Tuesday, 17 July 2007
The Romans first with Julius Cæsar came,
Including all the nations of that name,
Gauls, Greeks, and Lombards, and, by computation,
Auxiliaries or slaves of every nation.
With Hengist, Saxons; Danes with Sueno came,
In search of plunder, not in search of fame.
Scots, Picts, and Irish from the Hibernian shore,
And conquering William brought the Normans o'er.
All these their barbarous offspring left behind,
The dregs of armies, they of all mankind;
Blended with Britons, who before were here,
Of whom the Welsh ha' blessed the character.
From this amphibious ill-born mob began
That vain ill-natured thing, an Englishman.
The customs, surnames, languages, and manners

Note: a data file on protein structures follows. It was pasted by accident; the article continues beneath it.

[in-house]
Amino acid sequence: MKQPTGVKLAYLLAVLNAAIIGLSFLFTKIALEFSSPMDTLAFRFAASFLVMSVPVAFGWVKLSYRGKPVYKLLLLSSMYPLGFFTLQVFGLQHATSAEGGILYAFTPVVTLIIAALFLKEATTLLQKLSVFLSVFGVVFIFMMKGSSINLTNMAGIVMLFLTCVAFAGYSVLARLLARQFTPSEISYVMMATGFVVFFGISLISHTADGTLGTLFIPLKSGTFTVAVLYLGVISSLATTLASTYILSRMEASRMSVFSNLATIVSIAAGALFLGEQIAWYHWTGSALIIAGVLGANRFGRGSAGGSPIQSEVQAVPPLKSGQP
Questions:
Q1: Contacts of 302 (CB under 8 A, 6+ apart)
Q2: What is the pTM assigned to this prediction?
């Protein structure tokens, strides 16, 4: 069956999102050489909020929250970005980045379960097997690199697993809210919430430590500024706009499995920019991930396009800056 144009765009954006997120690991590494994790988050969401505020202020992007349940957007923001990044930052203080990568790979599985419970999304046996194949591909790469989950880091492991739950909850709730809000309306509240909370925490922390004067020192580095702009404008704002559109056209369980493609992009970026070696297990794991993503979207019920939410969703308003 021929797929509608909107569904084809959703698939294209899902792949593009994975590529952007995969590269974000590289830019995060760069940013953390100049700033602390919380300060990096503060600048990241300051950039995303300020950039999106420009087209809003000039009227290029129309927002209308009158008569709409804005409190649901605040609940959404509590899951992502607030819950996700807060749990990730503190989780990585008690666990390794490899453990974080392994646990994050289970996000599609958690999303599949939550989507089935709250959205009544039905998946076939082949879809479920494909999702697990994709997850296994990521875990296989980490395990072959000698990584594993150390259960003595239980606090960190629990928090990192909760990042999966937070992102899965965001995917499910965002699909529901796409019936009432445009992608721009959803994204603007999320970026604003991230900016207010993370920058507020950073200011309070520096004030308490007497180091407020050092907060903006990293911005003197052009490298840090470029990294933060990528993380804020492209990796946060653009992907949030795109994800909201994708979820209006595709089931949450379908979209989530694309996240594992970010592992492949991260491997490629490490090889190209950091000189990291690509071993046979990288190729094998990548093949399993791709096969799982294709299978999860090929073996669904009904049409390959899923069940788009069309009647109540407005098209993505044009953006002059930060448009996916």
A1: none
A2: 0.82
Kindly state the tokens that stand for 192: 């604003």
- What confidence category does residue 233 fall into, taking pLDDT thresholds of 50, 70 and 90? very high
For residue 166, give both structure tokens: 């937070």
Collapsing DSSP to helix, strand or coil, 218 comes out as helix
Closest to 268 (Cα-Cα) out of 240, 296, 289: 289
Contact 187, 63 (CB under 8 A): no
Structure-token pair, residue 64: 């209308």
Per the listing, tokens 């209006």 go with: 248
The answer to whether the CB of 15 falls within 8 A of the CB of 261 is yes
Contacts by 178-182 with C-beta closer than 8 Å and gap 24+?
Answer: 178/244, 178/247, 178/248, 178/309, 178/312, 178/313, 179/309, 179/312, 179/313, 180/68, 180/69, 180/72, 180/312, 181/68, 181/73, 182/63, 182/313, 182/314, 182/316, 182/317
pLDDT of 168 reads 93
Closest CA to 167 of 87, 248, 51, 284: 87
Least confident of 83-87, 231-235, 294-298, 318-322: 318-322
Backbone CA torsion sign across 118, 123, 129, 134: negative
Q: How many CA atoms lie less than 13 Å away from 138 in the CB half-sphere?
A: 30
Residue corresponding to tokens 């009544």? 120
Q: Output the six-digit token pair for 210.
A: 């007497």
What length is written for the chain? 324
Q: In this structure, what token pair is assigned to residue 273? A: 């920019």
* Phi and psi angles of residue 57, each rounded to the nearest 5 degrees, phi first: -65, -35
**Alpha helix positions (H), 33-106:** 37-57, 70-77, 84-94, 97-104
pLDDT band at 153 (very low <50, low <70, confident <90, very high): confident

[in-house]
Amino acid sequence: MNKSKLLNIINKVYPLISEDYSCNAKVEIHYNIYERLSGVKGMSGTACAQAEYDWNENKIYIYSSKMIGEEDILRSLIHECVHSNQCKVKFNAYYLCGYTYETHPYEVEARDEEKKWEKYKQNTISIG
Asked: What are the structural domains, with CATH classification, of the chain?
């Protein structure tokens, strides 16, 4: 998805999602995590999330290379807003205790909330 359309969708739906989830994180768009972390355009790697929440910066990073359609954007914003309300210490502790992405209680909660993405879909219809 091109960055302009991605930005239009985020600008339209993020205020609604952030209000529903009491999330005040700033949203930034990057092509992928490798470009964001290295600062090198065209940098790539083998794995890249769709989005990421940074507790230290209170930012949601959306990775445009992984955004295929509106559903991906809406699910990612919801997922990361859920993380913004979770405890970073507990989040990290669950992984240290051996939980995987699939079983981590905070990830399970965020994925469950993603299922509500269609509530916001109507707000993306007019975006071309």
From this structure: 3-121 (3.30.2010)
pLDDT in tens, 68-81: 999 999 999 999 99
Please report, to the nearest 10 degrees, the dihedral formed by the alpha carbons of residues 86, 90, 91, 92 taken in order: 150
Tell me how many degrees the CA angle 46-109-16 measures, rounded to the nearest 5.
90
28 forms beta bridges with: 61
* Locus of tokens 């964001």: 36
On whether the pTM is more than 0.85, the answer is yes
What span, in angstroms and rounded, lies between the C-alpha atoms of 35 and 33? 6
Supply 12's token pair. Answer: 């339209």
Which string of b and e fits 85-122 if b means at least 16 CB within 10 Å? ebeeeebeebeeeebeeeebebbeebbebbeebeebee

Of all these nations are their own explainers:
Whose relics are so lasting and so strong,
They ha' left a shibboleth upon our tongue,
By which with easy search you may distinguish
Your Roman-Saxon-Danish-Norman English.
These are the heroes that despise the Dutch,
And rail at new-come foreigners so much,
Forgetting that themselves are all derived
From the most scoundrel race that ever lived;
A horrid crowd of rambling thieves and drones,
Who ransacked kingdoms and dispeopled towns,
The Pict and painted Briton, treacherous Scot,
By hunger, theft, and rapine hither brought;
Norwegian pirates, buccaneering Danes,
Whose red-haired offspring everywhere remains,
Who, joined with Norman-French, compound the breed
From whence your true-born Englishmen proceed.
For Englishmen to boast of generation
Cancels their knowledge and lampoons the nation.
A true-born Englishman's a contradiction,
In speech an irony, in fact a fiction.
Excerpts from Daniel Defoe, "The True Born Englishman", 1701